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follow-up radiation question

jgh333
Posts: 3
Joined: Jun 2004

First of all, thanks Roger and Joe for replying to my first message. I appreciate your encouragement and advice.

Just a quick update. It will be two weeks this Wednesday since his RP. The pathology reports came back excellent! No cancer in the lymph nodes and it was contained with no cancer around the edges of the prostate. This means no radiation follow-up. My husband is estatic. I am just wondering though - do people ever elect to have radiation follow-up just for peace of mind?

Also, the catheter and staples come out this week. Another milestone in this new experience. I have to say it has been a lot more uncomfortable then it seemed at first. Everyday he has had bladder spasms that have been quite painful. Thank God - they are temporary. They never last long and we have been told as soon as he gets the cath out they will go away. He says it won't be soon enough! Other than this, his recovery has been dramatic. I know he will still be limited for another month or so (lifting restrictions) but everyday since he came home from the hospital he has been 100% better! It really is amazing to me.

The next part of this journey may be hard as we begin to find out to what extend our love life will change. We just received a letter from our hospital encouraging patients and spouses to attend a prostate cancer support group. We will just have to see where it takes us.

I am truly grateful that things have gone this good so far - I have great confidence that we can handle whatever lies ahead.

That is all for now,
Thanks for listening,

Julie

nutt
Posts: 140
Joined: Sep 2001

Julie,
I guess there have been some that have had additional therapy of sorts but..... the least intrusive method would be to have more psa tests ie... every three months (verse 6 mos or a year) to assure yourselves that the RP got it all. For that fact, even if your insurance doesn't pay for it I understand it is not very expensive -- check with your doctor.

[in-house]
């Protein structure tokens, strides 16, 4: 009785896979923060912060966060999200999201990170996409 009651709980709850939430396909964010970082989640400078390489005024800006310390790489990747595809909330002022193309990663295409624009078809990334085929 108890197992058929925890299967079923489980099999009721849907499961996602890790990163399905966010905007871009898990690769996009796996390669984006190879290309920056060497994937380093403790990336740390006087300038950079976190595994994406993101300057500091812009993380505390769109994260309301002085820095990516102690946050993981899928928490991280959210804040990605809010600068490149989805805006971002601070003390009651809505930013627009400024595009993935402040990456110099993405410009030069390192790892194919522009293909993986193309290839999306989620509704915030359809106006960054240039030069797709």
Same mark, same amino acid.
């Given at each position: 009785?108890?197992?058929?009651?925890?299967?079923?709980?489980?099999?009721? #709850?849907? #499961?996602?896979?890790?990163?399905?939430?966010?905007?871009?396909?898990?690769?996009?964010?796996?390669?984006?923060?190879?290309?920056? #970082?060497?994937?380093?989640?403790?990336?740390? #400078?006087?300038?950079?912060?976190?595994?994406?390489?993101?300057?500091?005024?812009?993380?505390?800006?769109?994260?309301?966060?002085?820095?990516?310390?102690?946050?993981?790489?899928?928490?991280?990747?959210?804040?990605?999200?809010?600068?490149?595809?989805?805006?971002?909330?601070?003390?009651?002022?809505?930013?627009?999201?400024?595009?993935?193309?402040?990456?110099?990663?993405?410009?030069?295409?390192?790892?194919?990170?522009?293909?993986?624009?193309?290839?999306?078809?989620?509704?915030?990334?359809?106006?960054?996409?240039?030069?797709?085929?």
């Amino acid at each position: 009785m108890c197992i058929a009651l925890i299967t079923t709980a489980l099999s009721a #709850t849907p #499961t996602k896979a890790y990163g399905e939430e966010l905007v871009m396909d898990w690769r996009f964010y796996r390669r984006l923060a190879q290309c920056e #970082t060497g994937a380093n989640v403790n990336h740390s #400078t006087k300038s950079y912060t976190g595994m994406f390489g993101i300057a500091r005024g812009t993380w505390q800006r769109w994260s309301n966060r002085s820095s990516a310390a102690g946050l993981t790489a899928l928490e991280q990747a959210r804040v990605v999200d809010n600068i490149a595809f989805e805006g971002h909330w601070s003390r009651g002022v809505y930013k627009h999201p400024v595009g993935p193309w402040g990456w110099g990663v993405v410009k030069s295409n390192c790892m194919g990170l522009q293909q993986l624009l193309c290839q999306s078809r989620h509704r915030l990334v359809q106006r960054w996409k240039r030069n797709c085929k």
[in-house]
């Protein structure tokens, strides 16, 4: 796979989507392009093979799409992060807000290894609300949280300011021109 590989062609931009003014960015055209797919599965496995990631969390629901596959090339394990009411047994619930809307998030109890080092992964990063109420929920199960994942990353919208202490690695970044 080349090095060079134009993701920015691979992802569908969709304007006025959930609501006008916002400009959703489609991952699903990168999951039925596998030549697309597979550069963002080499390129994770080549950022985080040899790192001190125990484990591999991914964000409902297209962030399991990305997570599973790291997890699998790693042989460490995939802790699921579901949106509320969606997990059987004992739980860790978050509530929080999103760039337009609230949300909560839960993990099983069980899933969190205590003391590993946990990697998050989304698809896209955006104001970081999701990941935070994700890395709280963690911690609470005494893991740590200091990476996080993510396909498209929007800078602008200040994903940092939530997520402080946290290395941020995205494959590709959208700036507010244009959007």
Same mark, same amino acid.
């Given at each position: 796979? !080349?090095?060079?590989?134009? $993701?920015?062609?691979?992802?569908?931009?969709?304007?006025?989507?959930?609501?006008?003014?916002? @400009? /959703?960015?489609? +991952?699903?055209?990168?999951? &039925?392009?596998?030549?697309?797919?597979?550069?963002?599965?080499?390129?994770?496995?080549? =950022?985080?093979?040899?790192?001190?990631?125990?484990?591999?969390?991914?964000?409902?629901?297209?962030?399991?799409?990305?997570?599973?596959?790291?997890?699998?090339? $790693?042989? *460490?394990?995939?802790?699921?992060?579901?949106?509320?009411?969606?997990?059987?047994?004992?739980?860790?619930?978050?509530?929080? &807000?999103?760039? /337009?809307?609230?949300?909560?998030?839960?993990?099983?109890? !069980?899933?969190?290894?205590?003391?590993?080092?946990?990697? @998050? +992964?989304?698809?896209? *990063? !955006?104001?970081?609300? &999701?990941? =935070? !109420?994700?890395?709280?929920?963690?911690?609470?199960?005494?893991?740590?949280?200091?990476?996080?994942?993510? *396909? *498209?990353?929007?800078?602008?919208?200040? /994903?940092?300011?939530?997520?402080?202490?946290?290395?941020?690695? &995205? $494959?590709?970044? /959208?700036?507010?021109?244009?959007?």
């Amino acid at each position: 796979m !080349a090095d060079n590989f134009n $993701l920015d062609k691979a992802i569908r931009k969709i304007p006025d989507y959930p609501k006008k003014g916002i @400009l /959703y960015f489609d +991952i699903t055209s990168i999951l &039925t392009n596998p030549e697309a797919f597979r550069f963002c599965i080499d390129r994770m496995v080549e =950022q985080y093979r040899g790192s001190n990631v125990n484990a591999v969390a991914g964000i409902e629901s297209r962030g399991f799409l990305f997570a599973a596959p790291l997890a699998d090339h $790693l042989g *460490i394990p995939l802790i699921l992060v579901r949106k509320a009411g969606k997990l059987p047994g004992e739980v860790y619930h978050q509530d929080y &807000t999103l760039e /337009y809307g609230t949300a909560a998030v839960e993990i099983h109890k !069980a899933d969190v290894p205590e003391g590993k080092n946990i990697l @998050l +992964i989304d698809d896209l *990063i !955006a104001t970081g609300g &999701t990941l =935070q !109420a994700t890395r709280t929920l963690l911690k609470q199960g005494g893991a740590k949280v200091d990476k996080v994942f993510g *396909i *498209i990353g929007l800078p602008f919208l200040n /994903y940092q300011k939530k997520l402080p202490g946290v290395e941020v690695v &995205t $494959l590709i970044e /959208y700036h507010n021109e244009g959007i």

Then, if there is a trend upward in the psa you have an early jump on it?

The other solutions all have their own side affects and can delay the healing process ie... radiation will surely kill more tissue but will it be cancer or good tissue?

It could add addl problems to returning to whatever full function he is capable of?

I understand your view, uncertainity and plain fear that it wasn't all eliminated. WE ALL face that question and have to reach the point where we just trust our original selection of procedure and surgeon BUT, keep a very watchful eye.
Just very happy all went as well as it did. Keep up the strong spirits and support and you both will get through this stronger than before.
Stay in touch.
Joe

jgh333
Posts: 3
Joined: Jun 2004

Joe,

Yes, there is a lot to think about. I quess sometimes you hear people doing extremely radical things to ensure the cancer doesn't return. I am not talking about prostate cancer per se...

But you are right, the least intrusive way to keep track is through the PSA tests. He will go in June 9th for follow-up to surgery and we will talk more about it with the specialist. The doctor already said they will be closely monitoring my husband every few months for the next five years. That entails the dreaded psa tests. I quess it will not be so dreaded especially after you get the first one behind you.

What you said makes total sense and it is what my husband is comfortable with that really matters. And he does not want to do follow-up radiation unless it was recommended.

One thing I have learned through this whole process is - the more information you have - the better decisions you can make. And (this is a biggie) - once you make an informed decision, try not to compare your situation with everyone elses!
Yikes, easier said than done.

Thanks,
Julie

rogermoore's picture
rogermoore
Posts: 265
Joined: Mar 2002

Julie,

Congratulations on your husband's report of "non-involvement" of the lymph nodes!!! That is truly a good indication the cancer was contained. It sounds like he is recovering quite well. I know he will be extremely relieved to have the catheter removed. Keep in mind that there may still be some bumps in the road, but it seems the worst is over. Be sure he continues to practice the kegel exercises.

As for the impact on your love life, only time will tell. Here again, keep a positive attitude (both of you) and the prospects of returning to normal will improve. As my surgeon told me "90% of the arrousel function is mental."

Again, congratulations and keep us posted.

Roger

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